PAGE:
Choose a basemap (Map Viewer)

A basemap provides a background of geographical context for the content you want to display on a map. When you create a map, you can choose the basemap to use. You can change the basemap of the current map at any time using the basemap gallery or your own layer as the basemap. You can also create a basemap containing multiple layers from the Basemap pane in Map Viewer (formerly known as Map Viewer Beta).

Select a basemap from the gallery

The basemap gallery includes a variety of choices, including topography, imagery, and streets.

  1. Verify that you are signed in and, if you want to save changes, that you have privileges to create content.
  2. Open Map Viewer and click Basemap Basemap on the Contents (dark) toolbar.

    The Basemap pane appears.

  3. Click the thumbnail of the basemap you want to use in the map.
  4. View information about a basemap in the gallery by first adding it to your map.
    1. At the top of the Basemap pane, click Current Basemap.
    2. On any of the listed reference layers or base layers, click Options Options and choose Properties.

      The Properties pane appears from the Settings (light) toolbar. This pane displays the layer's symbology, transparency, blending, and visible range settings.

      Some layers also have an Information section in the Properties pane with a More details link.

    3. Click the More details link to see the layer's item page and description.
  5. Click Save and open Save and open and click Save to save the new basemap to the map.

Use a basemap that is not in the gallery

In addition to the basemap gallery, you can also use a basemap by searching for an existing layer or adding a layer from the web. Several layer types are supported. When you use a basemap this way, the map uses the coordinate system of that basemap instead of Web Mercator, the coordinate system of Esri basemaps.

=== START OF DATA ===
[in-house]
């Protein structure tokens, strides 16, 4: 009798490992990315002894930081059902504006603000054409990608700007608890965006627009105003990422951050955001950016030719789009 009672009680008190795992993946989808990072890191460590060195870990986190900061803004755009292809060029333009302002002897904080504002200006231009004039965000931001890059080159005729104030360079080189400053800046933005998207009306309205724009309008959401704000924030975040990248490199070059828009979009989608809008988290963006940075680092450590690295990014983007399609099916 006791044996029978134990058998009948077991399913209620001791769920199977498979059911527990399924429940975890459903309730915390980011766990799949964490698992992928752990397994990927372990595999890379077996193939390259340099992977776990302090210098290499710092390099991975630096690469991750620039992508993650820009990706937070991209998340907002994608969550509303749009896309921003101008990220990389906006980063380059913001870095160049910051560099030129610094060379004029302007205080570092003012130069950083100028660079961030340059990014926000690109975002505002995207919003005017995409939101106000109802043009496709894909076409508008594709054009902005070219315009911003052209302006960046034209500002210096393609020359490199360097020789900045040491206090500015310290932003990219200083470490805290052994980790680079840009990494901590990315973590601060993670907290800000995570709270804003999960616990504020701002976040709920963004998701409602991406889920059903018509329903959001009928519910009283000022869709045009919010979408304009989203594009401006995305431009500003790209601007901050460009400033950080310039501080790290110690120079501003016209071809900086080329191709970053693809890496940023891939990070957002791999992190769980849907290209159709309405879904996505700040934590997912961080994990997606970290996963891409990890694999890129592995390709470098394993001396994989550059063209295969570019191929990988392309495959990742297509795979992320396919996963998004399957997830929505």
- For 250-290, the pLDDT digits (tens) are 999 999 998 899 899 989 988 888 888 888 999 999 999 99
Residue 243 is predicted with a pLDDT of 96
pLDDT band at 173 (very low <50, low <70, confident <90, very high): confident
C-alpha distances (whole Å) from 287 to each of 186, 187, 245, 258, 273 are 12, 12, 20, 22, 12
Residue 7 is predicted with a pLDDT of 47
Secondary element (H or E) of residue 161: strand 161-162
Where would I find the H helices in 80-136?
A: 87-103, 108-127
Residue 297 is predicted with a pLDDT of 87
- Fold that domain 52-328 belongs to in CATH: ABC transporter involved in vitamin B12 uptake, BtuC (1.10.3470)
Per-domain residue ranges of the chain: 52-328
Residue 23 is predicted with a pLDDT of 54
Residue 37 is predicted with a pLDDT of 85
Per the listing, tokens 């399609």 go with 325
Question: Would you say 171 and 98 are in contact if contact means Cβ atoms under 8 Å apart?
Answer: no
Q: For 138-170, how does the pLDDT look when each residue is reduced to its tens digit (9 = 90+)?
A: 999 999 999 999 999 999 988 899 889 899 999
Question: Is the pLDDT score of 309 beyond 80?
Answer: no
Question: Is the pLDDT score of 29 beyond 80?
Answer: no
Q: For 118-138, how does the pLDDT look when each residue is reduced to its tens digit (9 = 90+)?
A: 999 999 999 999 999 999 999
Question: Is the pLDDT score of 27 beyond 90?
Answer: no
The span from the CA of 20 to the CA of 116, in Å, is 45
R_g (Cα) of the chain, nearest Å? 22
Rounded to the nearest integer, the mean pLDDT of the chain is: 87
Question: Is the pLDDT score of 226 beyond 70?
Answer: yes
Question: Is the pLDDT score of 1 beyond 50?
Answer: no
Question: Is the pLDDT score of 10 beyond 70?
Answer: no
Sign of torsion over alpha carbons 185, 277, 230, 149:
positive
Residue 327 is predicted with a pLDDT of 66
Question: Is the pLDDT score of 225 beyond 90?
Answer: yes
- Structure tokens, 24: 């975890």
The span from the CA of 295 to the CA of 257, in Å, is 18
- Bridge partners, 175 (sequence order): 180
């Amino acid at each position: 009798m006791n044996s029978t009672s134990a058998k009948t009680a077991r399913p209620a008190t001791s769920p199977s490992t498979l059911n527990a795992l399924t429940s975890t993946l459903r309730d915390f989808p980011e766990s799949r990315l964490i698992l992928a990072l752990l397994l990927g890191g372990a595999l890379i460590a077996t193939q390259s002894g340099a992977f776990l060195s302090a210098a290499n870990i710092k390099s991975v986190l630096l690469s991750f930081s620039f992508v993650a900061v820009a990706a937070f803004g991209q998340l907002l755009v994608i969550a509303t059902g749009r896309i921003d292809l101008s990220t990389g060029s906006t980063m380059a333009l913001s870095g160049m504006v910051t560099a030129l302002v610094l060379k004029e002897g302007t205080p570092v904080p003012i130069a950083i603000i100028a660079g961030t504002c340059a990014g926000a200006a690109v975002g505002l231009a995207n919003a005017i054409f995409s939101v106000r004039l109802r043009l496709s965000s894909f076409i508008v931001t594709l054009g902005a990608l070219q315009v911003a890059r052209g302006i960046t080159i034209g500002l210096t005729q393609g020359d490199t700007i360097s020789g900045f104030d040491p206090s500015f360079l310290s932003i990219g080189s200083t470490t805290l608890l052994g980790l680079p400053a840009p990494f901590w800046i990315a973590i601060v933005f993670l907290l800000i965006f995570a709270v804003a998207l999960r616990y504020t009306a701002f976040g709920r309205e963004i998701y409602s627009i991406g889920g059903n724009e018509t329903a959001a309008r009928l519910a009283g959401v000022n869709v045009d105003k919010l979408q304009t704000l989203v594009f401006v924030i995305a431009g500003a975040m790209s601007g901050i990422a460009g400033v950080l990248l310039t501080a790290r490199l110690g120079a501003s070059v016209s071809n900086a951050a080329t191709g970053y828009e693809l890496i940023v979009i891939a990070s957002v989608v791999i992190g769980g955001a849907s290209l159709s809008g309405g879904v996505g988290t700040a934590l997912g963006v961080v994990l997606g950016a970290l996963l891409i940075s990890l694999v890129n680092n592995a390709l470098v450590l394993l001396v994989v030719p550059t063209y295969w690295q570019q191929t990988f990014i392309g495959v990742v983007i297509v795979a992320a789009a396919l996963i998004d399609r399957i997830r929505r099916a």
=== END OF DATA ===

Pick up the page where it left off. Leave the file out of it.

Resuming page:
1. Verify that you are signed in, open the map in Map Viewer, and click Layers Layers on the Contents (dark) toolbar.

    The Layers pane appears.

  2. In the Layers pane, click Add layer.
  3. Choose where you want to search for the layer from the drop-down menu at the top of the pane.
    1. Do any of the following to find the layer you want:
      • Type search terms in the search box. You can also use advanced search to narrow the search results.
      • Display layer results in different ways using the view buttons (Table Table and List List).
      • Click Sort Sort to sort the layer results and change the sort direction as needed.
      • Click Filter Filter to narrow the search results. For example, if you are searching for layers in your organization and content categories have been set up, you can use the Categories filter to narrow the results. You can also filter ArcGIS Living Atlas layer results using the ArcGIS standard category set or the Region filter.
        Note:

        To limit search results based on the current map extent, select Only show content within map area. For example, if the map is zoomed to Nevada, USA, the search results are ordered and based on the map extent. Changing the map extent to Pennsylvania typically returns different results (depending on your keywords). All layers that overlap the current map extent (and match the keywords) are returned.

    2. Click the title of the layer you want as the basemap.
    3. At the bottom of the pane, click Use as basemap.
    4. Click Close (X) on the Browse layers pane to close it.

If your organization has a custom basemap gallery and you have the correct privileges, you can add the basemap to the gallery.

Create a multilayer basemap

You can create a multilayer basemap using operational layers in the map. Operational layers are the layers that you interact with and that draw on top of the basemap. By moving certain types of operational layers into the basemap layer group in the Layers pane, you can create a basemap with multiple layers. This is useful when you have two or more layers that you want to use together as a background, or context, for the map—for example, if you have a base imagery layer and want to add a map image layer that includes reference labels on top of it, or if you want to combine multiple base layers, such as a hillshade imagery layer with a topographic map image layer.

Once you have moved layers to the basemap layer group, you can move them up or down in the group, specify a layer to be used as a reference layer, and move a layer out of the basemap layer group. After creating a multilayer basemap, you can rename any of the layers, including the basemap layer group title, and save the basemap. Multilayer basemaps can be used in your organization's basemap gallery.